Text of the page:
Matt Ridley – A critique

Spinning Riddles:
Matt Ridley speaking in Newcastle

So far so good-Matt Ridley

Matt Ridley, he of Northern Rock ‘fame’ (£350,000 a year when chairman of what became ‘Northern Wreck’) and leading denier of anthropogenic global warming and indeed just about every danger raised by Greens and others, spoke in Newcastle in February 2012. He was debating with Kevin Anderson, a leading climate scientist from the Tyndall Centre of Manchester University. Ridley used to be science corresponding of The Economist and now is building a career as, to use the title of his latest book, a “rational optimist”, going around slaying those who dare to cry wolf.


“Human beings are not only wealthier but healthier, happier, cleaner, cleverer, kinder, freer, more peaceful & more equal than they have ever been”
Matt Ridley, The Rational Optimist


Matt Ridley is very articulate, sharp in debate and armed with all sorts of seemingly solid facts and figures. He is also very dangerous. In effect, he is staying that there is no need to take radical action about, say, climate change or peak oil. In that capacity, he reinforces the widespread reluctance of not just the government but wide sections of the public to take the steps that we Greens think as absolutely vital. Delay only makes the dangers that much greater and the chance of successful transition to a truly sustainable society that much less.

Of course, one can trade one data set against another until the cows come home. That was the mistake of Kevin Anderson during the debate itself. Much more important is the interpretation put upon the ‘facts’ (which, in the case of incredibly complex matters like climatic systems, are over-abundant yet, at the same time, elusive). It is also true that, at the end of the day, what matters is what kind of society we want: one based on selfish individualism and materialism or one both more convivial, ‘human scale’, and ecologically sustainable.

People like Ridley, Nigel Lawson, Melanie Philips and Bjorn Lomborg are not fools. But it might be noted that Ridley himself is a scion of that same family which, on the Blagdon Estate to the north of Newcastle is mining coal as if there were no tomorrow. But it is, of course, arguments that matter, not the individuals putting them. The Ridley crowd is, in fact, very selective with evidence, often assuming that ‘good’ trends will continue and that any ‘bad’ ones quickly abate, courtesy of a few waves of the magic wand of technology and a bit of ‘market stimulus’.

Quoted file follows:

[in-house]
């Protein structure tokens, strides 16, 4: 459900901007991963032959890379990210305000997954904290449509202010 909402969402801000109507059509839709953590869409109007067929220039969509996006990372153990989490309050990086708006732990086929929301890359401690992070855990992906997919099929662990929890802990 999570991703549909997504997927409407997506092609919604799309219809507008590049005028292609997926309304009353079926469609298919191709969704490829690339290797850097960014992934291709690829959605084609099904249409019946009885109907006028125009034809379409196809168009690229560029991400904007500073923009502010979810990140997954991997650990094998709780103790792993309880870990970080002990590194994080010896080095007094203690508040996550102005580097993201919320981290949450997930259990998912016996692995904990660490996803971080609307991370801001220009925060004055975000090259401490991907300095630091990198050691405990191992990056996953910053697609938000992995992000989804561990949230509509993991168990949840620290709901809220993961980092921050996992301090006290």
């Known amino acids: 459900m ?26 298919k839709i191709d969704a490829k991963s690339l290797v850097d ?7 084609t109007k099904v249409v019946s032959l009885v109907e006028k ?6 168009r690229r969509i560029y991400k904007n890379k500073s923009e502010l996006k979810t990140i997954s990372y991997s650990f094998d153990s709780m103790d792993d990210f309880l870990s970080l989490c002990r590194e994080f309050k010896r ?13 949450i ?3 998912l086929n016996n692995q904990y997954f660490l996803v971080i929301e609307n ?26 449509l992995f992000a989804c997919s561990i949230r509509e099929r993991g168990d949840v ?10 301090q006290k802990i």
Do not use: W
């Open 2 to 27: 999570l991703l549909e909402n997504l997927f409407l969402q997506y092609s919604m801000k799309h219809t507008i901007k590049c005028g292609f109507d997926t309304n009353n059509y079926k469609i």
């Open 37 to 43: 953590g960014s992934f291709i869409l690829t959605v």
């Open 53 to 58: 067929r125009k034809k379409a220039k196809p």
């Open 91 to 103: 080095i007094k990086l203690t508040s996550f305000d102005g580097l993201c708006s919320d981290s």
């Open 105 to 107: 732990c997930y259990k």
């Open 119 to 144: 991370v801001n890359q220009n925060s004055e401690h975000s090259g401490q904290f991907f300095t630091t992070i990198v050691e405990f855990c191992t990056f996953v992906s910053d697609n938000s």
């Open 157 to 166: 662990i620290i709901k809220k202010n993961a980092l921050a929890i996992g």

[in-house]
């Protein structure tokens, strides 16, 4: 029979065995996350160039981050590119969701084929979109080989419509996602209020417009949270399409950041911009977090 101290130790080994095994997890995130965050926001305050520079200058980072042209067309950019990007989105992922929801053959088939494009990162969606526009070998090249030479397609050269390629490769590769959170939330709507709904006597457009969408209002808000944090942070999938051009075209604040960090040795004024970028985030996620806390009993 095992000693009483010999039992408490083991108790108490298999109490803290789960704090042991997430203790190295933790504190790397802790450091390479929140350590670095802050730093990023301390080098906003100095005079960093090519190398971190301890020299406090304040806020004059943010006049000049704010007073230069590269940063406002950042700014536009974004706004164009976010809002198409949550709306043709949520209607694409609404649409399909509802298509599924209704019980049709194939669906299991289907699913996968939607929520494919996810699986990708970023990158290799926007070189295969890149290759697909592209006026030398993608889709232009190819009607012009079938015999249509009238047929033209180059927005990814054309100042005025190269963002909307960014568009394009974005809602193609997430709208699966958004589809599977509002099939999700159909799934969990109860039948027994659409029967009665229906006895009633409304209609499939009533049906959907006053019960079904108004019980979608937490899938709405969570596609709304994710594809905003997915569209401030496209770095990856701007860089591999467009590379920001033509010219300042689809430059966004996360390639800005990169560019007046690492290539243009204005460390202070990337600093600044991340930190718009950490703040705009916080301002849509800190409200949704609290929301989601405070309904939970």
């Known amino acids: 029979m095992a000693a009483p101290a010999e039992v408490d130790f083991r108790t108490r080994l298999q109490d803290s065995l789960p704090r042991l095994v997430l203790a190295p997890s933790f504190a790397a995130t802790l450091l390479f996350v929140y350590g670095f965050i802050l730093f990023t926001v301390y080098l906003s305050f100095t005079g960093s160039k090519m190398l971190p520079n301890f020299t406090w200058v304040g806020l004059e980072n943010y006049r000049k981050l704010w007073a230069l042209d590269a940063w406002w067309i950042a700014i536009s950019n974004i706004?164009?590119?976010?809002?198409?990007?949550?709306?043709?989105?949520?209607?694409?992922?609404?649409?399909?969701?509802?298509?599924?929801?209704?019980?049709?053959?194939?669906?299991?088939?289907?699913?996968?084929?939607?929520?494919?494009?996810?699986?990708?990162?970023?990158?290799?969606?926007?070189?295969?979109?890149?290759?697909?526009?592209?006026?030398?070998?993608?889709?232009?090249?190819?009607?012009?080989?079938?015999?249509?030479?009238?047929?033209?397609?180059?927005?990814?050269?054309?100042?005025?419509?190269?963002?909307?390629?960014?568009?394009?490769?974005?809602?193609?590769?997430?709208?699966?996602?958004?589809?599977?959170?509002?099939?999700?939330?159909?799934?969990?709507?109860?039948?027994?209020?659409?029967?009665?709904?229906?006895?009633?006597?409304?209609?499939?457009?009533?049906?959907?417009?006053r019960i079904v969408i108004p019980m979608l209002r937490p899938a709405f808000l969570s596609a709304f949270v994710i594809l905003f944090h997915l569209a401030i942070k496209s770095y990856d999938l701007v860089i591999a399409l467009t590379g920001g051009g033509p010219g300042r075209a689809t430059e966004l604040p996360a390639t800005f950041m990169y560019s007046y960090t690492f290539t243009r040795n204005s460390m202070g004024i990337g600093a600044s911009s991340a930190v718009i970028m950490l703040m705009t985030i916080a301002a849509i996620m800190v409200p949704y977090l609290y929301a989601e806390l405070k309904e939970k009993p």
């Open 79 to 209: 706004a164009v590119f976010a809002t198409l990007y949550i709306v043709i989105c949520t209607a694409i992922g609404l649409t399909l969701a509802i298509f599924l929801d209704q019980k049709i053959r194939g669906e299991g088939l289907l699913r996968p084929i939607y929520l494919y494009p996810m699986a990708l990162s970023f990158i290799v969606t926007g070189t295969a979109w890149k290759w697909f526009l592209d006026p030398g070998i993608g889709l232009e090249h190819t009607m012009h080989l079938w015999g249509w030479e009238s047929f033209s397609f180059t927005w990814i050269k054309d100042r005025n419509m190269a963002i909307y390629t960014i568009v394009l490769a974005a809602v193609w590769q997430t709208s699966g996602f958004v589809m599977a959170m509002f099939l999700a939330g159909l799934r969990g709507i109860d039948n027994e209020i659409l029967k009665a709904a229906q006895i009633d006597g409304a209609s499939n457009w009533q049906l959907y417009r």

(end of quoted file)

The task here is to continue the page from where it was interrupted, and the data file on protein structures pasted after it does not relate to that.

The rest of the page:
In the debate itself, Ridley got away with some whoppers. For instance, he cited the “end of oil”, to quote from his PowerPoint presentation, as an example of how wrong were past predictions of the ‘doom-mongers’. However no-one in the broad green movement has ever predicted the ‘end of oil’. Instead they have predicted a peak in production after which supplies of cheap, easily accessible, safely usable and securely available oil will inexorably decline.

Indeed this is exactly what M. King Hubbert predicted way back in the mid-1950s and what has actually transpired. Hubbert was rubbished at the time for his ideas. Indeed it is the fault of ‘denialists’, then and now, that we are so ill prepared to cope with what will be on-going shocks from oil price rises. Indeed their effect could be traumatic given the depth of our dependence in just about every aspect of life on this unique resource.

Of course for various reasons (economic recession, political manoeuvres against rival oil producers etc), oil prices may suddenly fall for short periods. Those suffering from myopia might think that it is good news. Many people welcome cheaper prices at the petrol pump. Yet it can make matters worse.

Proof of ‘peak oil’ theory is that more and more oil wells are being exploited at marginal profits, such as the increasing cost of tapping less accessible and/or poorer quality fields. A price fall can render such production unprofitable and therefore producers pull out. But the short term, what seems like a glut in supply can reinforce the illusion that there is no urgency and no need to invest heavily in the development of genuinely sustainable sources of energy.

News of new oilfield discoveries must be put in the context of the voracious level of demand for oil from industrial and, increasingly, newly industrialised countries… and that is leaving aside the side-effects of oil extraction, refining transportation and consumption – if all the oil from the infamous Deepwater Horizon well could have been extracted in one ‘go’, it would have ‘fed’ world demand for merely 12 days!]